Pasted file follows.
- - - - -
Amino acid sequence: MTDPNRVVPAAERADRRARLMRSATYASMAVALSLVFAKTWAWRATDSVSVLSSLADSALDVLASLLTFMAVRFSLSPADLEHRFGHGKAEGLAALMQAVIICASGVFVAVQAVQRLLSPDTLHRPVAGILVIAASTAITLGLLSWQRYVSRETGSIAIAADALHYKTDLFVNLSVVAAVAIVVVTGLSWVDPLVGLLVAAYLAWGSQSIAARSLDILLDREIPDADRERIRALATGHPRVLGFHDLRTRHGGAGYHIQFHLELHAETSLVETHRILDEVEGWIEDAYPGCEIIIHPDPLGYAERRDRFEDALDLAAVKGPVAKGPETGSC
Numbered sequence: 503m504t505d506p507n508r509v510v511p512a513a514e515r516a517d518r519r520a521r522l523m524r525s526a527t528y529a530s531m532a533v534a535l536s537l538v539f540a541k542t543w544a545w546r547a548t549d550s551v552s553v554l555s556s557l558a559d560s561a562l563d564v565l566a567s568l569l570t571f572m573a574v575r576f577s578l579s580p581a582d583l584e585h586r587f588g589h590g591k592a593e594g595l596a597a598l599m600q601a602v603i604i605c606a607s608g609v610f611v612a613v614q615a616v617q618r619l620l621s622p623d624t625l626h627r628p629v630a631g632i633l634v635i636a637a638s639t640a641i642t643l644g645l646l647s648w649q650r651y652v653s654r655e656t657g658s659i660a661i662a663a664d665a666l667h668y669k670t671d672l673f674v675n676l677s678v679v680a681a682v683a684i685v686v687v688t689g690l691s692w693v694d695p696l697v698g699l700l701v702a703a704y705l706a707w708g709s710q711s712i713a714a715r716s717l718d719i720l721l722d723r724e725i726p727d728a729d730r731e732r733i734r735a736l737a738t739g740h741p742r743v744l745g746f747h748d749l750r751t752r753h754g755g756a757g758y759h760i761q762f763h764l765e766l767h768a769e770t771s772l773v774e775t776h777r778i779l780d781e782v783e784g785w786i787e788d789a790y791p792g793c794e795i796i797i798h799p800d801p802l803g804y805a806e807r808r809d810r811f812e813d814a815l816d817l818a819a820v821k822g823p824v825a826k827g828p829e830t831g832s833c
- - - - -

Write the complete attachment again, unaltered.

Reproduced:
Amino acid sequence: MTDPNRVVPAAERADRRARLMRSATYASMAVALSLVFAKTWAWRATDSVSVLSSLADSALDVLASLLTFMAVRFSLSPADLEHRFGHGKAEGLAALMQAVIICASGVFVAVQAVQRLLSPDTLHRPVAGILVIAASTAITLGLLSWQRYVSRETGSIAIAADALHYKTDLFVNLSVVAAVAIVVVTGLSWVDPLVGLLVAAYLAWGSQSIAARSLDILLDREIPDADRERIRALATGHPRVLGFHDLRTRHGGAGYHIQFHLELHAETSLVETHRILDEVEGWIEDAYPGCEIIIHPDPLGYAERRDRFEDALDLAAVKGPVAKGPETGSC
Numbered sequence: 503m504t505d506p507n508r509v510v511p512a513a514e515r516a517d518r519r520a521r522l523m524r525s526a527t528y529a530s531m532a533v534a535l536s537l538v539f540a541k542t543w544a545w546r547a548t549d550s551v552s553v554l555s556s557l558a559d560s561a562l563d564v565l566a567s568l569l570t571f572m573a574v575r576f577s578l579s580p581a582d583l584e585h586r587f588g589h590g591k592a593e594g595l596a597a598l599m600q601a602v603i604i605c606a607s608g609v610f611v612a613v614q615a616v617q618r619l620l621s622p623d624t625l626h627r628p629v630a631g632i633l634v635i636a637a638s639t640a641i642t643l644g645l646l647s648w649q650r651y652v653s654r655e656t657g658s659i660a661i662a663a664d665a666l667h668y669k670t671d672l673f674v675n676l677s678v679v680a681a682v683a684i685v686v687v688t689g690l691s692w693v694d695p696l697v698g699l700l701v702a703a704y705l706a707w708g709s710q711s712i713a714a715r716s717l718d719i720l721l722d723r724e725i726p727d728a729d730r731e732r733i734r735a736l737a738t739g740h741p742r743v744l745g746f747h748d749l750r751t752r753h754g755g756a757g758y759h760i761q762f763h764l765e766l767h768a769e770t771s772l773v774e775t776h777r778i779l780d781e782v783e784g785w786i787e788d789a790y791p792g793c794e795i796i797i798h799p800d801p802l803g804y805a806e807r808r809d810r811f812e813d814a815l816d817l818a819a820v821k822g823p824v825a826k827g828p829e830t831g832s833c